Another adds, “That day [of the alleged murders], one of the brothers went looking for a job on that farm. The next thing, he was approached by many white farmers who attacked and ended up shooting them and then killing them. I do not know if it is true or not. That is what I heard.”
Fact versus fiction
Amid the countless rumours, many of Mkhondo’s residents now wish to rid themselves of its past, marred by tragic incidents of a similar nature.
Sfiso Nkosi (30), a car guard at the Mfula shopping centre, vividly remembers the day chaos erupted in his birth town. “They [the protestors] were damaging a lot of things… cars, stores. We were affected because we were not making any money. We had to stay home for a whole week,” he says.
With the money he makes as a car guard, Nkosi sustains his household in the township of Ethandakukhanya.
“I did not want to take part in the protest because it would not have helped me in any way.”
His sentiments are echoed by Samo Mhlangu (30). She is unemployed and condemns the recent protests, adding that Mkhondo was usually a place where black and white co-existed peacefully.
Mhlangu says, “I was at home. It felt bad to see my town go through that. We do not want to take sides. We are not fighting with the whites, but because of the things that were happening, we were forced to pick sides.”
Thabethe adds, “There are bad people, but what can we do? Even other black people are bad, but life goes on. We do not need to fight.”
“We cannot wake up the next morning and there are no white people. It is also not possible for the white man to wake up the next day and there are no black people. They have a bad reputation, but it is not all of them. We need each other.”
Healing wounds of the past
Ngema admits that the southern tip of Mpumalanga had always been a ticking time bomb for farmers and their workers.
“We are working very hard to make sure that we close that gap and try to heal the wounds of the past. What I have seen is that white people are now more than willing to sit down and discuss indifferences.”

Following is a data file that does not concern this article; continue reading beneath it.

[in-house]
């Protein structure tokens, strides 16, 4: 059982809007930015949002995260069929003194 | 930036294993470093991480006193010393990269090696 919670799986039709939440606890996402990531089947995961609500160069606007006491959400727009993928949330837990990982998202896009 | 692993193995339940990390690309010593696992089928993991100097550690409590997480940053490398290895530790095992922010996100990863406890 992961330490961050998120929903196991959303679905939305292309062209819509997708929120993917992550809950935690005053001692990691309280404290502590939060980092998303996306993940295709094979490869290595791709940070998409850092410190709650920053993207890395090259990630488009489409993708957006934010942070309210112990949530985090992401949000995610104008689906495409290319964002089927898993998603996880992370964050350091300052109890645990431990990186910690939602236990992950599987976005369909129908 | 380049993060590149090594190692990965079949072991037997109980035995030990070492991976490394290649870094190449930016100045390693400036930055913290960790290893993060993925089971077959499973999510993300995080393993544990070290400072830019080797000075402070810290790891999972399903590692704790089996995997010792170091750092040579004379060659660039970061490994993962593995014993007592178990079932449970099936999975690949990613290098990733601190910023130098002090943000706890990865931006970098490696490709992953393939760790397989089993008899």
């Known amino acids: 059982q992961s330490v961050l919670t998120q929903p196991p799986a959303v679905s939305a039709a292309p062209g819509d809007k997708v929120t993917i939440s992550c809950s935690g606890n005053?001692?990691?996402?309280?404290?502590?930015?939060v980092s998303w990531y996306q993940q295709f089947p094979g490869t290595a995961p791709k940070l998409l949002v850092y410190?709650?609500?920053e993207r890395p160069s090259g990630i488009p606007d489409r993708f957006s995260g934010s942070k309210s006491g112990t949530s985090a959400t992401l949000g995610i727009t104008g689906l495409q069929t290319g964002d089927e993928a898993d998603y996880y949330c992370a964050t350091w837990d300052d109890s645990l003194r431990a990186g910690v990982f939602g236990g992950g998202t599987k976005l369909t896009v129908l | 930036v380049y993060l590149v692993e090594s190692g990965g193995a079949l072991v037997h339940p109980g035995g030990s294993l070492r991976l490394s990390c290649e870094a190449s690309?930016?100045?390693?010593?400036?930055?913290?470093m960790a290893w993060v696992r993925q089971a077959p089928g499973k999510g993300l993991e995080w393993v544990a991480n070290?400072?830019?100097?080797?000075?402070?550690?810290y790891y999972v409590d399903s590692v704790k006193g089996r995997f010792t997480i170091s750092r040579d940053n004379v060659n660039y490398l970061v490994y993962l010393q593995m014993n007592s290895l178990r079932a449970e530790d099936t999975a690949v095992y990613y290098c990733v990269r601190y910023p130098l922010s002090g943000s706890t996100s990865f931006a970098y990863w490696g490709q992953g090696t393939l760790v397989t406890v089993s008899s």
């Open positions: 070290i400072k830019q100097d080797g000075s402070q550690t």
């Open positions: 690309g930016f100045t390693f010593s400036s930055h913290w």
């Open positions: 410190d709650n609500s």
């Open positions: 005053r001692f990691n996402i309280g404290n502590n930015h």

Mass confusion in Mkhondo is fuelled by rumours, says Kurt Paul, the farmer-owner of KRC Farming in the town.
“Ninety-nine percent of farmers in the Piet Retief area have good relations with farmworkers. There is perception and then there is truth. The perception is that farmers planned this.
“Where will you see farmers plan anarchy? We are responsible for food production, we want to secure food security.”
Ngema meanwhile cites political interference as the root of the outbreak of the widespread protests following the death of the Coka brothers. He believes political parties bussed in protestors from towns and farms surrounding eMkhondo.
“As you have seen what happened for the past two weeks, politicians would buy beer and KFC and give it to these youngsters so they would go out on the street and toyi-toyi. They see them as fertile spaces for political gain. All they think is votes. Votes all the way.
“I am still praying for healing in this country because we do not have leadership. You are fighting because of what? It is because we do not know what to do. We need to stop the cycle of oppression.”
Mkhondo riding out the storm
Meanwhile, Ferreira believes the recent racial tension is just another storm that Mkhondo will soon overcome.
“I know what I can offer. It really did not get under my skin. I know the good heart of farmers.”
“There is a lot of goodwill between commercial farmers and farmworkers, black and white. Focus on the big picture, your core business is to produce food for South Africa,” he says.